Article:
For most high school students, springtime means warmer weather and the anticipation of summer vacation.
But for students in Mr. Finch’s Outdoor Leadership class at KIPP Denver Collegiate High School, springtime means getting into the dirt and planting seeds that will turn into summertime vegetables.
On Friday, KIPPsters took to the KDCHS garden armed with radish, spinach, lettuce, and pea seeds. Although the ground was blanketed in snow just three days earlier, students said they felt confident the time was right to plant the seeds.
“We’re not too worried because we made sure these plants are hearty and can survive some cold weather,” said Karla, a junior at KDCHS. “I’m excited to cook them, but I’m most excited about seeing them go from a seed to a whole plant.”
Emelyn, also a junior at KDCHS, said the garden project has impacted her in two ways.
“This has made me think about how I could grow food and turn that into a business. But I also like to cook and am now thinking about how I can use these ingredients over the summer to help me be at my best for next basketball season.”
The garden is part of KIPP Colorado’s health and wellness initiative to improve the health and wellness of students, families, and the community.
Mr. Finch believes the garden offers multiple benefits for the students.
“My students have been really interested in learning more about eating healthy and learning to cook using healthy ingredients,” said Mr. Finch. “They’re excited about the garden project and the sense of accomplishment from growing their own food.”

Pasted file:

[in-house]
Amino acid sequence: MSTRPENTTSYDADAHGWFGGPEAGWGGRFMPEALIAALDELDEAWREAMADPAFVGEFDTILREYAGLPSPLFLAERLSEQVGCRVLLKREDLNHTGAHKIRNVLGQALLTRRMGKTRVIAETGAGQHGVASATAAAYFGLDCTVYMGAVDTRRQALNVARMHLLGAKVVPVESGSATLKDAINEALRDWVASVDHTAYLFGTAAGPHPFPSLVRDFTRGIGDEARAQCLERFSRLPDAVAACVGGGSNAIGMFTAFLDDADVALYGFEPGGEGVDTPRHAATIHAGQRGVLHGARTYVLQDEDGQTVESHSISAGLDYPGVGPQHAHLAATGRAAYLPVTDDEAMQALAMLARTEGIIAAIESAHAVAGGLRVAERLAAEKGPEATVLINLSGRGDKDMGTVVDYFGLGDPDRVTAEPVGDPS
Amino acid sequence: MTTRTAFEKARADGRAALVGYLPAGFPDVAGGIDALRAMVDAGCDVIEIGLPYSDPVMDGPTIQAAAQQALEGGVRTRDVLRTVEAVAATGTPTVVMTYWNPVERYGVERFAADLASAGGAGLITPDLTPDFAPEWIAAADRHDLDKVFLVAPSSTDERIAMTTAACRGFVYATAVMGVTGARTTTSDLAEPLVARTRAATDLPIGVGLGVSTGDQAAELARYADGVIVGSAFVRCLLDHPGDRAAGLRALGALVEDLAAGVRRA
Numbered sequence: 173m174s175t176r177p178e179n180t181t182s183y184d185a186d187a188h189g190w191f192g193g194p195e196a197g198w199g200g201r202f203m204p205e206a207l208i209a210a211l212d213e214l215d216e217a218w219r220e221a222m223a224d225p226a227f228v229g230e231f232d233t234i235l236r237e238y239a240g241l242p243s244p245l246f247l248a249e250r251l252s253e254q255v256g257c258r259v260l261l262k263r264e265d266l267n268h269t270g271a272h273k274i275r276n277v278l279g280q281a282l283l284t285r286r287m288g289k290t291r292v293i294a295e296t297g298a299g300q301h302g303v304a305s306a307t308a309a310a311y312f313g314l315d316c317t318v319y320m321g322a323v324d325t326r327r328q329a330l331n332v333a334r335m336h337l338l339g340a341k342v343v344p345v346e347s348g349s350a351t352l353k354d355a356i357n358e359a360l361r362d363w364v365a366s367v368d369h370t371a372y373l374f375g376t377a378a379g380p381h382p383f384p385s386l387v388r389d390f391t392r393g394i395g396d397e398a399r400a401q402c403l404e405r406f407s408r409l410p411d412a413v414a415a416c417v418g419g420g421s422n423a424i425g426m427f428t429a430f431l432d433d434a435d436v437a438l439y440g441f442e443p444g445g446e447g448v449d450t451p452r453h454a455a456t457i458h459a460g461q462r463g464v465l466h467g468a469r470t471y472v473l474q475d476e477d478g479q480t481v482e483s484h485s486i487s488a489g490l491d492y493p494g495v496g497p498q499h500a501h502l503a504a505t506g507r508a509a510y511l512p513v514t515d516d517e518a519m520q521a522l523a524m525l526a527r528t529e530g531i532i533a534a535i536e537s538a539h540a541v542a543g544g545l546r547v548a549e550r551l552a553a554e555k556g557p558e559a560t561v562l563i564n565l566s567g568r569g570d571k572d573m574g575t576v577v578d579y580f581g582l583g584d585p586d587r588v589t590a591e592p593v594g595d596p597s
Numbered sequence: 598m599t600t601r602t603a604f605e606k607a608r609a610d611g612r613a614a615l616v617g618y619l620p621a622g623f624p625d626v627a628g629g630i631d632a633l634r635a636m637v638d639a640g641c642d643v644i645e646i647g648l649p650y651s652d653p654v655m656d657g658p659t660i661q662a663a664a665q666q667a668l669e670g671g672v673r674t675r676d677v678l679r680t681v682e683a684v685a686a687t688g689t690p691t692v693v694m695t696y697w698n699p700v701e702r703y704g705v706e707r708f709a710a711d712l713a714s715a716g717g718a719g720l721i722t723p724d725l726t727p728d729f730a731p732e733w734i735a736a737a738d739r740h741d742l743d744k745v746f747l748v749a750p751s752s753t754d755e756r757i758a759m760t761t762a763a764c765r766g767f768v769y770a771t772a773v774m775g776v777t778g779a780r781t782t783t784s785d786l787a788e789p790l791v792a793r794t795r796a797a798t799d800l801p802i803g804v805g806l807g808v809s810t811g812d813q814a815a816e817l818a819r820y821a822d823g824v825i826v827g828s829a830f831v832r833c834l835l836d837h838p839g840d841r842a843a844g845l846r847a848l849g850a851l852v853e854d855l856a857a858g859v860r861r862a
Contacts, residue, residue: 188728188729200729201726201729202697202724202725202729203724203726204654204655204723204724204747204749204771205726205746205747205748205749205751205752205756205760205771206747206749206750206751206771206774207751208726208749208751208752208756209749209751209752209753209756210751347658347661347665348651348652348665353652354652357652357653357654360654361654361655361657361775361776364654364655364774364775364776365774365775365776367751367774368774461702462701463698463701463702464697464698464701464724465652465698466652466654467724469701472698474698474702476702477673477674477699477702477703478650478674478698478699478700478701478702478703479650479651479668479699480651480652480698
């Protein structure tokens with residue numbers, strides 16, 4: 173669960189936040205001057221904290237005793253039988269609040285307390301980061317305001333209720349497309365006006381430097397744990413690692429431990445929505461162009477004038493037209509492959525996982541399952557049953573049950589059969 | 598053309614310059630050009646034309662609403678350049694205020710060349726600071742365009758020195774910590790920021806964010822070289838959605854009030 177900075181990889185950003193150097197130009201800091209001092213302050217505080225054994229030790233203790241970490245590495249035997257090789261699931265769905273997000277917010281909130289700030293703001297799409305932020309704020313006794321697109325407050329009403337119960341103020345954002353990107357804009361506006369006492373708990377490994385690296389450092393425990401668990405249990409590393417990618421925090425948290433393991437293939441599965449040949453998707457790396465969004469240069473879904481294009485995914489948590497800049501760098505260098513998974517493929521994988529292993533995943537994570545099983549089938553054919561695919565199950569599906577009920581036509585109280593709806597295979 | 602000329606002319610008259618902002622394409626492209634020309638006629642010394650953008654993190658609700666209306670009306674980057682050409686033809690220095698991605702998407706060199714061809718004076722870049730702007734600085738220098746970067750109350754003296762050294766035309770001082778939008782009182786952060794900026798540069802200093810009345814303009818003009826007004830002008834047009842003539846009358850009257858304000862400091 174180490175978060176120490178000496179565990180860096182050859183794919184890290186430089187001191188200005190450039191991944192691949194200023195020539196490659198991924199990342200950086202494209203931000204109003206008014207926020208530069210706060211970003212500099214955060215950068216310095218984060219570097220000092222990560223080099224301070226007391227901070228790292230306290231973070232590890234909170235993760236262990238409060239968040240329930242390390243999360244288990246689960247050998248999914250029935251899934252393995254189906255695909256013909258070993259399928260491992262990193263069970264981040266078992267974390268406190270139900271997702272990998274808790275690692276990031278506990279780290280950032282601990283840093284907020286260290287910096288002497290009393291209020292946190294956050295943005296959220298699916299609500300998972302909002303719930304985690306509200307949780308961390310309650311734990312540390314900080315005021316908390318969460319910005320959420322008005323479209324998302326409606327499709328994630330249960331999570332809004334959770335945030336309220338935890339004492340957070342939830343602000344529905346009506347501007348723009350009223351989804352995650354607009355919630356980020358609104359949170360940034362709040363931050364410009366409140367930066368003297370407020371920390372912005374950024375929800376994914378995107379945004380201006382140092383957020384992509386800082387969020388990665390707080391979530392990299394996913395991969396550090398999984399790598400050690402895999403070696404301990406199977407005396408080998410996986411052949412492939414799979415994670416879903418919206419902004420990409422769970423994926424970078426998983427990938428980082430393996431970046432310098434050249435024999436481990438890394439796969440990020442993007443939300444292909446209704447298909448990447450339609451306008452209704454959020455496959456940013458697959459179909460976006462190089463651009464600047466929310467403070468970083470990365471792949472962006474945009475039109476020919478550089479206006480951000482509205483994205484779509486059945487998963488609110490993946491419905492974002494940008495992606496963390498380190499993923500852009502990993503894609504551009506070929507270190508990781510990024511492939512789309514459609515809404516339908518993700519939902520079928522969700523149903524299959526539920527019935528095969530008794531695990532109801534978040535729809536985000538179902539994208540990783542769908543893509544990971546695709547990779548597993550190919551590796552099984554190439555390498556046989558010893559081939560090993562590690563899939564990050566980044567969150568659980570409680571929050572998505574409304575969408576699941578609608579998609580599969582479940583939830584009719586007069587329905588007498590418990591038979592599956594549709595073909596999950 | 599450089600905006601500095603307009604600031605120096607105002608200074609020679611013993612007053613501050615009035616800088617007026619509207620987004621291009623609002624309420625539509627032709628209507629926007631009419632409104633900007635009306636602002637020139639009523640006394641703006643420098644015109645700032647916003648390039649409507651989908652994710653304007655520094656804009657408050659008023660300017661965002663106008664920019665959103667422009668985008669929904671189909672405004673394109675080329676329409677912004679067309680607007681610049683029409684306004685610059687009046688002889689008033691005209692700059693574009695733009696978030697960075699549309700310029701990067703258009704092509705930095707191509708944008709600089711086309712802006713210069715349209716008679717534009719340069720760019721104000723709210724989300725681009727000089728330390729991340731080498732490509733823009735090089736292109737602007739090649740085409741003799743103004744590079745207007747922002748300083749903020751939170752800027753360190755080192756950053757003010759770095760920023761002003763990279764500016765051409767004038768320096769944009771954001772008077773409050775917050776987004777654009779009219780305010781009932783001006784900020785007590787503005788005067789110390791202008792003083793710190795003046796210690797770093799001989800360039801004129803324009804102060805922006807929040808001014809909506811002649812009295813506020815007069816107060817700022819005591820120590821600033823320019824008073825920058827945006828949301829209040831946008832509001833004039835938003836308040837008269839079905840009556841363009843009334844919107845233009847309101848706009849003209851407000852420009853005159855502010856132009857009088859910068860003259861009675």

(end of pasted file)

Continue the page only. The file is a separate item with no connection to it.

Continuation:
Other schools in the KIPP Colorado region are offering their own health and wellness activities and resources, including a cooking class for middle school students, a no-cost grocery program in Far Northeast Denver, and Zumba classes for parents.
Andrea Rougé is the Director of Health and Wellness at KIPP Colorado Schools. She says programs like this are important for not just the physical health benefits from eating healthy food, but also for the mental health benefits from spending time outside nurturing a living plant.
“The vegetables that students grow themselves not only taste better, but they also get students excited about cooking and eating healthy foods and give the students a sense of pride and accomplishment.”
The vegetables are set to be ready for harvest before the end of the school year. Students from Mr. Finch’s class will be able to take home the bounty and use the vegetables however they choose. Many of the students said they were planning to find recipes that they cook using their fresh produce.
For now, Mr. Finch’s class is just hoping there isn’t any more snow in the forecast.
KIPP Denver Collegiate High School